FRIDAY, Feb. 16, 2018 (HealthDay News) — Patients of African descent with glaucoma have increased visual field variability compared to those of European descent, likely contributing to delayed detection of progression, according to a study published online Feb. 15 in JAMA Ophthalmology.
Carolina P.B. Gracitelli, M.D., Ph.D., from the University of California, San Diego, in La Jolla, and colleagues examined racial differences in longitudinal visual field variability in a multicenter prospective observational cohort study. Data were included for 236 eyes of 173 individuals of European descent and 235 eyes of 171 individuals of African descent. Participants were followed for a mean of 7.5 years.
The researchers found that the eyes of individuals of African descent had a larger mean standard deviation of the residuals than eyes of individuals of European descent (1.45 versus 1.12 dB). A larger increase in variability with worsening disease was seen in the eyes of individuals of African descent. There was a delay to detect progression in eyes of individuals of African descent versus those of European descent when simulations were performed assuming common progression scenarios. Detection of progression in individuals of African descent was delayed by 3.1 years for a scenario with baseline mean deviation of −10 dB and rate of change of −0.5 dB/year.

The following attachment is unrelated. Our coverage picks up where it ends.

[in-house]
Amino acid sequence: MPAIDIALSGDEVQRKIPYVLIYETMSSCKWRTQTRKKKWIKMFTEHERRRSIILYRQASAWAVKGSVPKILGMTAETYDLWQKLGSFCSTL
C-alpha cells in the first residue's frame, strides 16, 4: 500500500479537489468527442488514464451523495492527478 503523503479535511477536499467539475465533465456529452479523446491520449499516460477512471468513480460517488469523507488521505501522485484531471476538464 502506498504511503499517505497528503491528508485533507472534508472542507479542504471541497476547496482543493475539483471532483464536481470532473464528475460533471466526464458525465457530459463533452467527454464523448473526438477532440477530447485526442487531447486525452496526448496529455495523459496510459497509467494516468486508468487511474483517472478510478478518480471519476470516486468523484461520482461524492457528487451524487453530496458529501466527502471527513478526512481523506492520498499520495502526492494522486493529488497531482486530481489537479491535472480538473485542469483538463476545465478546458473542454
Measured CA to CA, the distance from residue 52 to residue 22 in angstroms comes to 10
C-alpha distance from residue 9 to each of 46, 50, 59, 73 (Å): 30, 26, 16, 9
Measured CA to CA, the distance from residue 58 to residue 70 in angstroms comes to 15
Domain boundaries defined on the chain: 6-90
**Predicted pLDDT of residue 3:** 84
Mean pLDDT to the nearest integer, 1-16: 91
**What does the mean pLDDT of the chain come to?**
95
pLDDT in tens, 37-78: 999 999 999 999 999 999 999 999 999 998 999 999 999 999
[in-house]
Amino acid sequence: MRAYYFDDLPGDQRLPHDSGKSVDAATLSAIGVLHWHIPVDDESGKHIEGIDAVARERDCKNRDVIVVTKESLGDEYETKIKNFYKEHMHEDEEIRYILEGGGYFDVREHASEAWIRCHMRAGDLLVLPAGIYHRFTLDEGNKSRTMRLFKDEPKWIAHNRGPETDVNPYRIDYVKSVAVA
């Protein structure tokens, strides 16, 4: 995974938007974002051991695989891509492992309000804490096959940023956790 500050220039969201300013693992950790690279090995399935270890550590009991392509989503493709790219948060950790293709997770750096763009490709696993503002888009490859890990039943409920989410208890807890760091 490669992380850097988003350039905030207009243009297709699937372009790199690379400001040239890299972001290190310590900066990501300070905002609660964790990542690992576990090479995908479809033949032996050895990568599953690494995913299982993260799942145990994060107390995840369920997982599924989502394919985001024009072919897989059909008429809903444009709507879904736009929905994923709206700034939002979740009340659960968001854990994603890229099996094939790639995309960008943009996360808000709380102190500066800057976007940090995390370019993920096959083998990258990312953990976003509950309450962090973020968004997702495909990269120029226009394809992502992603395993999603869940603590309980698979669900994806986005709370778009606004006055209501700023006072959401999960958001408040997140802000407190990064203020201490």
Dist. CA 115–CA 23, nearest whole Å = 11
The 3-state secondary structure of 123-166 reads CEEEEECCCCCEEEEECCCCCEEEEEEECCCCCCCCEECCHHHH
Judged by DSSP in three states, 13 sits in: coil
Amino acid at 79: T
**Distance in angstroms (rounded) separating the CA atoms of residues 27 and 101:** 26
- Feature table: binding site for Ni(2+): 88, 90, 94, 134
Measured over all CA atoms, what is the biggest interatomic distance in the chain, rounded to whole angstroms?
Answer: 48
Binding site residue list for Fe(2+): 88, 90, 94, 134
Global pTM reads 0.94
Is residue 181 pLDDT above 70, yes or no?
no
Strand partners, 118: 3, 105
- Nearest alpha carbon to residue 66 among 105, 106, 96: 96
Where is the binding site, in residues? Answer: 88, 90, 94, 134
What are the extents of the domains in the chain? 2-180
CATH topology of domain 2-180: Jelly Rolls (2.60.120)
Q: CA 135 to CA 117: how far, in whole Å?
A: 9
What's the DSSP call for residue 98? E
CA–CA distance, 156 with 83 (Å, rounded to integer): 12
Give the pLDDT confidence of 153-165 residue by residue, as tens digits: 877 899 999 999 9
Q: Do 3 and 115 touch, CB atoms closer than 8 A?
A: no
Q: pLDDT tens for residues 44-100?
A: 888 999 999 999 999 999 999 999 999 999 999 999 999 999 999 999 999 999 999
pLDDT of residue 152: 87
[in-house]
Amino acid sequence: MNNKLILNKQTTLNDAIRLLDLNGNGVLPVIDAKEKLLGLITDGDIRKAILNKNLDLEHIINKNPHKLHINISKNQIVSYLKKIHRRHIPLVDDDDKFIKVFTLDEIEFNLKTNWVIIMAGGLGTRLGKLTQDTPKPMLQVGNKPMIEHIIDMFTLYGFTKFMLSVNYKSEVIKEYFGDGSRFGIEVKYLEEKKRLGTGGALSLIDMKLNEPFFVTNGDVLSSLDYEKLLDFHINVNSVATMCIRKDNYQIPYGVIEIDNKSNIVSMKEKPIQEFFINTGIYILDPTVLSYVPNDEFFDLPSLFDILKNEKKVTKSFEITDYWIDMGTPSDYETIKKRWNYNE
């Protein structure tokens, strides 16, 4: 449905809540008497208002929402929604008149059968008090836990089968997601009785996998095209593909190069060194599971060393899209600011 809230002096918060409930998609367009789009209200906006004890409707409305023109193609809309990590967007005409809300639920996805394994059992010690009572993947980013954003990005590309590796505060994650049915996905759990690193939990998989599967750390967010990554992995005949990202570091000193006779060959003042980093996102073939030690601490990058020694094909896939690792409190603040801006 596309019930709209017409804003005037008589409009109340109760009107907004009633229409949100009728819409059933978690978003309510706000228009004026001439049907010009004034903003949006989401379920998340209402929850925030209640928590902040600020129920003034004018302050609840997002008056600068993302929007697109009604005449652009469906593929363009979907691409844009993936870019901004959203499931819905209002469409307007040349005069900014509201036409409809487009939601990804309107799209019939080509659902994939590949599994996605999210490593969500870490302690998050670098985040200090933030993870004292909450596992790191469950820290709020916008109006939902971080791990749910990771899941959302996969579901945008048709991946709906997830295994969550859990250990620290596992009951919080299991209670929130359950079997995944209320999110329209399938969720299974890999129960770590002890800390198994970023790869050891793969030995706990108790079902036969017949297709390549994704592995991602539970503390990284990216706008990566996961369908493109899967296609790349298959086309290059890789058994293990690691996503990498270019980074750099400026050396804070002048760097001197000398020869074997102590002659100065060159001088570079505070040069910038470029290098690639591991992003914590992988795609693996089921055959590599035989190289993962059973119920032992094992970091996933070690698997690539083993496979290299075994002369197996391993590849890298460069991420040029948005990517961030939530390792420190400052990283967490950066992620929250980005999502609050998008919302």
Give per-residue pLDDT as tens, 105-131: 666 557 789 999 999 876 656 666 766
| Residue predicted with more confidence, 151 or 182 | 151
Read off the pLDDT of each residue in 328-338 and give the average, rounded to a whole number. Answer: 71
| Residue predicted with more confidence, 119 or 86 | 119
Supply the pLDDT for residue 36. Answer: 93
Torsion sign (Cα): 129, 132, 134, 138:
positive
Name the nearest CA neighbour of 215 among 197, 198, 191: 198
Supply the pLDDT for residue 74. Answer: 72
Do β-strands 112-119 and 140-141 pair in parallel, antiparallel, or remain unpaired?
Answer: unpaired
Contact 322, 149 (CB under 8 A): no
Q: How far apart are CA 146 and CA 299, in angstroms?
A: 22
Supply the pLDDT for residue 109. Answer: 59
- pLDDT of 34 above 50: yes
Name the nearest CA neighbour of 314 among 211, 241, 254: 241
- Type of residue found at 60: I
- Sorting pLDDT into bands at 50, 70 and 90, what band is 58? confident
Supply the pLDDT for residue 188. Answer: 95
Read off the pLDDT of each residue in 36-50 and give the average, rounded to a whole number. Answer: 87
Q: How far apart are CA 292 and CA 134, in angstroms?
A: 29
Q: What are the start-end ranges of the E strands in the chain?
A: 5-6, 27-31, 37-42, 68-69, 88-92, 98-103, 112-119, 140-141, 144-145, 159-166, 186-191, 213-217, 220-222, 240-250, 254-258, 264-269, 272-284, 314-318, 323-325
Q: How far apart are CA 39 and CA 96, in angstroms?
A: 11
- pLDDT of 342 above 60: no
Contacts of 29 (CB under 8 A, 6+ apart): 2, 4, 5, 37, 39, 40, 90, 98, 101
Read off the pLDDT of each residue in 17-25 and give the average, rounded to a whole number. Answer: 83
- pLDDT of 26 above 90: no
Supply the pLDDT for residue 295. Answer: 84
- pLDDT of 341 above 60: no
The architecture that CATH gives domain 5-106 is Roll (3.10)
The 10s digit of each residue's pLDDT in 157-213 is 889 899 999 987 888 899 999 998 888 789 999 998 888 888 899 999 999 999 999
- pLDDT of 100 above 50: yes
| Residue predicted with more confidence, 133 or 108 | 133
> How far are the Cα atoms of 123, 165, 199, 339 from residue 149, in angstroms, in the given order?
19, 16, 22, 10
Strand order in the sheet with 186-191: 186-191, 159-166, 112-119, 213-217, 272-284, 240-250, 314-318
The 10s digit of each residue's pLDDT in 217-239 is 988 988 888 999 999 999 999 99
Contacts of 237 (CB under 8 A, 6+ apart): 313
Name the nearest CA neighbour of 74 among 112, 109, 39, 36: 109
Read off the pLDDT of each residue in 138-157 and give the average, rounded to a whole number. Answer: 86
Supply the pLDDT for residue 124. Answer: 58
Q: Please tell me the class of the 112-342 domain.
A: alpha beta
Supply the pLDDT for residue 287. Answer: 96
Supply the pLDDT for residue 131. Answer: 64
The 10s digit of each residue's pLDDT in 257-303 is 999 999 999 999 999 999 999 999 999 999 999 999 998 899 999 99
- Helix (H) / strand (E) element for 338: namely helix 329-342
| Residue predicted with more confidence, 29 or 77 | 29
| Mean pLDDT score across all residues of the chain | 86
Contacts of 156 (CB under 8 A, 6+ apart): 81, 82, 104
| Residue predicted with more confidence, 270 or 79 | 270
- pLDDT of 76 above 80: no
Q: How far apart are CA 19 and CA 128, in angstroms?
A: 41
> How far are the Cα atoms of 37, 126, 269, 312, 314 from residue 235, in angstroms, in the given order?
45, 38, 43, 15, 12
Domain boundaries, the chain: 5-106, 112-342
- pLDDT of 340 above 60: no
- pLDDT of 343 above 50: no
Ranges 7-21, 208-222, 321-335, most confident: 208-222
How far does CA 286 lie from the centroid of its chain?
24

“Patients of African descent with glaucoma showed increased visual field variability compared with those of European descent, resulting in delayed detection of progression that may contribute to explain higher rates of glaucoma-related visual impairment in individuals of African descent,” the authors write.
Several authors disclosed financial ties to the pharmaceutical and eye care industries.
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